Equity & Index Option Position Limits


Equity option exchanges define position limits for designated equity options classes.  These limits define position quantity limitations in terms of the equivalent number of underlying shares (described below) which cannot be exceeded at any time on either the bullish or bearish side of the market.  Account positions in excess of defined position limits may be subject to trade restriction or liquidation at any time without prior notification.


Position limits are defined on regulatory websites and may change periodically.  Some contracts also have near-term limit requirements (near-term position limits are applied to the side of the market for those contracts that are in the closest expiring month issued).  Traders are responsible for monitoring their positions as well as the defined limit quantities to ensure compliance.  The following information defines how position limits are calculated;


Option position limits are determined as follows:

  • Bullish market direction -- long call & short put positions are aggregated and quantified in terms of equivalent shares of stock.
  • Bearish market direction -- long put & short call positions are aggregated and quantified in terms of equivalent shares of stock.

The following examples, using the 25,000 option contract limit, illustrate the operation of position limits:

  • Customer A, who is long 25,000 XYZ calls, may at the same time be short 25,000 XYZ calls, since long and short positions in the same class of options (i.e., in calls only or in puts only) are on opposite sides of the market and are not aggregated
  • Customer B, who is long 25,000 XYZ calls, may at the same time be long 25,000 XYZ puts. Rule 4.11 does not require the aggregation of long call and long put (or short call and short put) positions, since they are on opposite sides of the market.
  • Customer C, who is long 20,000 XYZ calls, may not at the same time be short more than 5,000 XYZ puts, since the 25,000 contract limit applies to the aggregate position of long calls and short puts in options covering the same underlying security. Similarly, if Customer C is also short 20,000 XYZ calls, he may not at the same time have a long position of more than 5,000 XYZ puts, since the 25,000 contract limit applies separately to the aggregation of short call and long put positions in options covering the same underlying security.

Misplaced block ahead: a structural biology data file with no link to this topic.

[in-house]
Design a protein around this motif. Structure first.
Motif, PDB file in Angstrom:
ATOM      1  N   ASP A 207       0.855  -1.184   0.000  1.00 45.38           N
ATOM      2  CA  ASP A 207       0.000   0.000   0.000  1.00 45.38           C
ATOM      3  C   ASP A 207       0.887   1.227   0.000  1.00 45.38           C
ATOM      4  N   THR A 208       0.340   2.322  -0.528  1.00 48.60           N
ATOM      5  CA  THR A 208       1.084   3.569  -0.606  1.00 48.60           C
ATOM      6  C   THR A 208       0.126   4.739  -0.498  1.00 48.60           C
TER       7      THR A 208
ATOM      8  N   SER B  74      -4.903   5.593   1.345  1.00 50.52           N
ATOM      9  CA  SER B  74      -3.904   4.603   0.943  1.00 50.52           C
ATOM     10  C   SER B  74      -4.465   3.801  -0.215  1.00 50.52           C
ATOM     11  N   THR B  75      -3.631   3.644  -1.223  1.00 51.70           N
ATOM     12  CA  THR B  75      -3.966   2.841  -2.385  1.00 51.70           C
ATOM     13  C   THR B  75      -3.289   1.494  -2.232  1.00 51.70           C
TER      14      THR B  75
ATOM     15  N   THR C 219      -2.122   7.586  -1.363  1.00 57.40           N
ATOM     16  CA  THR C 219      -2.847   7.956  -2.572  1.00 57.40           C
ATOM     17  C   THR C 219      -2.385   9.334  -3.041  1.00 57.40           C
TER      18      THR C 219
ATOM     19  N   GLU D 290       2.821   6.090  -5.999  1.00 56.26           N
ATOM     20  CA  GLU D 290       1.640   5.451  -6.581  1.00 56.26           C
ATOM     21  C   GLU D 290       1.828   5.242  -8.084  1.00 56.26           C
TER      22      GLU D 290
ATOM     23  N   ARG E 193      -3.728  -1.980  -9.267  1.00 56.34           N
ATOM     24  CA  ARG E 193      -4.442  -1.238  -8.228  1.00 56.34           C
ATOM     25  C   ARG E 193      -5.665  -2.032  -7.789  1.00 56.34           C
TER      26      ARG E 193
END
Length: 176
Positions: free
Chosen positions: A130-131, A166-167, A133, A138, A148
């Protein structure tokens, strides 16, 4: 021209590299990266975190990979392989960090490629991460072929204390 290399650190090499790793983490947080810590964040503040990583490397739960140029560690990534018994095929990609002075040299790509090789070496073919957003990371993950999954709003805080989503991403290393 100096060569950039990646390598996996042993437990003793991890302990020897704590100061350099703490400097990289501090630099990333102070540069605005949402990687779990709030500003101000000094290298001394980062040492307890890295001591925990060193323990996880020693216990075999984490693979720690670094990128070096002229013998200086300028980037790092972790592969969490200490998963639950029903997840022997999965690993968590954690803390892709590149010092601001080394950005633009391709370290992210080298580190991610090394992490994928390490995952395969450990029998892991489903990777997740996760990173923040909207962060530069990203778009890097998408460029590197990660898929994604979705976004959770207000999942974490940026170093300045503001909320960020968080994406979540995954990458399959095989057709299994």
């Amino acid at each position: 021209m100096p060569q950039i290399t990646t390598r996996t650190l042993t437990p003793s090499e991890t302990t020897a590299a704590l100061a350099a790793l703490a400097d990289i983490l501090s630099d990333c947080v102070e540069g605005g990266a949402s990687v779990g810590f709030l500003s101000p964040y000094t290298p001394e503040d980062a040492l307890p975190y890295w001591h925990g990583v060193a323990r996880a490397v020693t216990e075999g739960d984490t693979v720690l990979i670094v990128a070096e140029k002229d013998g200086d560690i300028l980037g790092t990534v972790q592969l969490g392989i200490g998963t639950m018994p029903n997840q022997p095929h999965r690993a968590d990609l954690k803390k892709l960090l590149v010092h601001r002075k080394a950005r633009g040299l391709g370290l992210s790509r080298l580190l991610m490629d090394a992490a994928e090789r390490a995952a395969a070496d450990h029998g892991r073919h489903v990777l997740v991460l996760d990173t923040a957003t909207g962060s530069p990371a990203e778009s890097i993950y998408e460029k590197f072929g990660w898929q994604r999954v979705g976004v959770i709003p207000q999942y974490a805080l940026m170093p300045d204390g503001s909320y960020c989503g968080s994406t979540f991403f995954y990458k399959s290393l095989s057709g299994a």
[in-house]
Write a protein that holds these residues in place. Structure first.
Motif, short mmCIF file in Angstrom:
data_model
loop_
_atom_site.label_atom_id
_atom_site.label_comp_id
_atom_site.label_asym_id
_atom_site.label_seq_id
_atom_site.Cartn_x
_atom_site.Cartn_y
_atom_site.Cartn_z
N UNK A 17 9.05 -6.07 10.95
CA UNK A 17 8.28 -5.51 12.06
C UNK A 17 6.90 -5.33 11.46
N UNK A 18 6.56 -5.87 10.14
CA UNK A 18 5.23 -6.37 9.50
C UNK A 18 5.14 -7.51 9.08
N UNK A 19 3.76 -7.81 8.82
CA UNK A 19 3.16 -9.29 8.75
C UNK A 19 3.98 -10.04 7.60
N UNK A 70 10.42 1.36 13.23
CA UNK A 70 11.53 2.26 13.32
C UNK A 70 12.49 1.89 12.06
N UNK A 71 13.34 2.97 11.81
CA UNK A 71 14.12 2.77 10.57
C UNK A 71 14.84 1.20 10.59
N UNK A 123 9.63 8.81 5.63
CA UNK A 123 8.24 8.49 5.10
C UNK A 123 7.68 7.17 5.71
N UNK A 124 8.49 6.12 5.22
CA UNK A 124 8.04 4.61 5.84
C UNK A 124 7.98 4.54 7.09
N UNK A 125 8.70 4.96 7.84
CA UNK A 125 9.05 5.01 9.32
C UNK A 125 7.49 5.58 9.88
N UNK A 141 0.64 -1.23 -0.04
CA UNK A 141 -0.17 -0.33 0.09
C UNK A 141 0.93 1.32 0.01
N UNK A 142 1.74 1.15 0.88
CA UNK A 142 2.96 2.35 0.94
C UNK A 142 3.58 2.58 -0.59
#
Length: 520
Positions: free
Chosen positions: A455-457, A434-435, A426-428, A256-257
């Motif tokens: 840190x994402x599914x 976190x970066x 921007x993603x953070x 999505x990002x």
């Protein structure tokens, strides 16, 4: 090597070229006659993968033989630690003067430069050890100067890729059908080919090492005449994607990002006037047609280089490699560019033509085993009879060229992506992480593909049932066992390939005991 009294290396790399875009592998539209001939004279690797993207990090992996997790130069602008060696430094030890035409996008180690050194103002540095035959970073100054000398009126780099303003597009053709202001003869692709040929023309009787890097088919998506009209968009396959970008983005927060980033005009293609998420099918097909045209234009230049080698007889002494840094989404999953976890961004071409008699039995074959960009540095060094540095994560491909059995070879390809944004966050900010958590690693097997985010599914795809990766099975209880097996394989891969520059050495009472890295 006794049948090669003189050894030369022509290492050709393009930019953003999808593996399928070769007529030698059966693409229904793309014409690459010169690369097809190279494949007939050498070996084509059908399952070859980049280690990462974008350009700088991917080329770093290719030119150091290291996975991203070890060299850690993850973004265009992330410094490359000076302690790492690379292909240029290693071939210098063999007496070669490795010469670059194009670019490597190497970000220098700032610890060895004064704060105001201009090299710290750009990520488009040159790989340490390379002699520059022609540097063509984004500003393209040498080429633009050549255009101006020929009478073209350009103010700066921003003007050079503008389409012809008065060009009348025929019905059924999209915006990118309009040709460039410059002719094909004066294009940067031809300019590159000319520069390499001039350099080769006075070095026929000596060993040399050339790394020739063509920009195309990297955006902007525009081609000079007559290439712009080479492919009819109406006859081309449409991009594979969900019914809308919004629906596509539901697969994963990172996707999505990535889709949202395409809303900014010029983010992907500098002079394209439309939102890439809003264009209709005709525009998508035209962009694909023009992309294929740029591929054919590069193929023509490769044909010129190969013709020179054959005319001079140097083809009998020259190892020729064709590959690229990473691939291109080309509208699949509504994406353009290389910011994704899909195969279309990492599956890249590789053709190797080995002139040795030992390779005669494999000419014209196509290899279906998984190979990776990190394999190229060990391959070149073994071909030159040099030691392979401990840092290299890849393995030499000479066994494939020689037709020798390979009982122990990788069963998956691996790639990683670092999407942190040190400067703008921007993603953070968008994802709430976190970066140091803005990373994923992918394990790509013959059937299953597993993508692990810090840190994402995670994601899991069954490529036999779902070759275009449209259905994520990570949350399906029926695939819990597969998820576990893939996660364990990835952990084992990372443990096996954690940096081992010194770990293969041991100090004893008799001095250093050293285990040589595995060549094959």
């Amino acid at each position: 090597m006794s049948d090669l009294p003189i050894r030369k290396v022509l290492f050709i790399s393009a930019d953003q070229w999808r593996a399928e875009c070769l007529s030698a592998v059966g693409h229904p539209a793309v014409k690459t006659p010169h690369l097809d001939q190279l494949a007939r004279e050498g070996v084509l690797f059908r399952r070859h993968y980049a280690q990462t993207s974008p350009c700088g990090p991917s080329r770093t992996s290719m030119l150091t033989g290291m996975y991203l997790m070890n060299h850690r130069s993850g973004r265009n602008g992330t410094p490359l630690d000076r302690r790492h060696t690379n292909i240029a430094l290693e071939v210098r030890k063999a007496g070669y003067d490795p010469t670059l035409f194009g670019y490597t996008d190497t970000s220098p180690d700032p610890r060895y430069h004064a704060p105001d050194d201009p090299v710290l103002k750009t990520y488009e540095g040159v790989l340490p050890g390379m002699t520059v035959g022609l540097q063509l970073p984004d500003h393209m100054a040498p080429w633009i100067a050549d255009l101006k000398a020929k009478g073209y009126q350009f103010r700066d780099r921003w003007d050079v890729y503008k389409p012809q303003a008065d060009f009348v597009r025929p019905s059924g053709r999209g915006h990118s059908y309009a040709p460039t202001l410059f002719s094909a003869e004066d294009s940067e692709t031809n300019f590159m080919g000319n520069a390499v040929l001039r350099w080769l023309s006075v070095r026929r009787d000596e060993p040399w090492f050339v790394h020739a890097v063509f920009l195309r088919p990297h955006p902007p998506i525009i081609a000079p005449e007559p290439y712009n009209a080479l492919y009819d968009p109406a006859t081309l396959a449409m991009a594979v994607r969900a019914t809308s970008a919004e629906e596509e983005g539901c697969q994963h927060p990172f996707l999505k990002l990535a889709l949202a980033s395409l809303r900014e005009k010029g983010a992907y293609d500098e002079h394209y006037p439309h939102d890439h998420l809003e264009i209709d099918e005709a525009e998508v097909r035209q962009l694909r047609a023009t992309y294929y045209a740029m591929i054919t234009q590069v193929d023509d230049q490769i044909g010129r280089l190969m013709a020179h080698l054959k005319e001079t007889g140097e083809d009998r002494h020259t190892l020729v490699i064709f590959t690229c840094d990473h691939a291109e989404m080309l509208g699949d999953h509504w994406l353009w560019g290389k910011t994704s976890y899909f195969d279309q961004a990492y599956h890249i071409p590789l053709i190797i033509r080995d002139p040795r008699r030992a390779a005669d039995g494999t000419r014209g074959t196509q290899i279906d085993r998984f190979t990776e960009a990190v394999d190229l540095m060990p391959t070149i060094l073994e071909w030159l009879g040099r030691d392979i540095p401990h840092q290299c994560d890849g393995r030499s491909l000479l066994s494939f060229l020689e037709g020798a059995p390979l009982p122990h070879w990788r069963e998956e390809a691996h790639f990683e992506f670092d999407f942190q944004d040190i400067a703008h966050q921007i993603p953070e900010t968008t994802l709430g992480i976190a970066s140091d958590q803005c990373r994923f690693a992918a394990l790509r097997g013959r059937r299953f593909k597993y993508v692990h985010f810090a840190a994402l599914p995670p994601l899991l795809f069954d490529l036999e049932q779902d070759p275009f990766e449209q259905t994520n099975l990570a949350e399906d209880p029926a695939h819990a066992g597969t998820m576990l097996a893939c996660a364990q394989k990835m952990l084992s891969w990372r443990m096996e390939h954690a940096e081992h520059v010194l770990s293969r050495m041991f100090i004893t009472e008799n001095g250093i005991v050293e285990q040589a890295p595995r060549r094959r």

Notifications and restrictions:


IB will send notifications to customers regarding the option position limits at the following times:

  • When a client exceeds 85% of the allowed limit IB will send a notification indicating this threshold has been exceeded
  • When a client exceeds 95% of the allowed limit IB will place the account in closing only. This state will be maintained until the account falls below 85% of the allowed limit. New orders placed that would increase the position will be rejected.



Position limits are set on the long and short side of the market separately (and not netted out).
Traders can use an underlying stock position as a "hedge" if they are over the limit on the long or short side (index options are reviewed on a case by case basis for purposes of determining which securities constitute a hedge).
Position information is aggregated across related accounts and accounts under common control.


Definition of related accounts:

IB considers related accounts to be any account in which an individual may be viewed as having influence over trading decisions. This includes, but is not limited to, aggregating an advisor sub-account with the advisor's account (and accounts under common control), joint accounts with individual accounts for the joint parties and organization accounts (where an individual is listed as an officer or trader) with other accounts for that individual.


Position limit exceptions: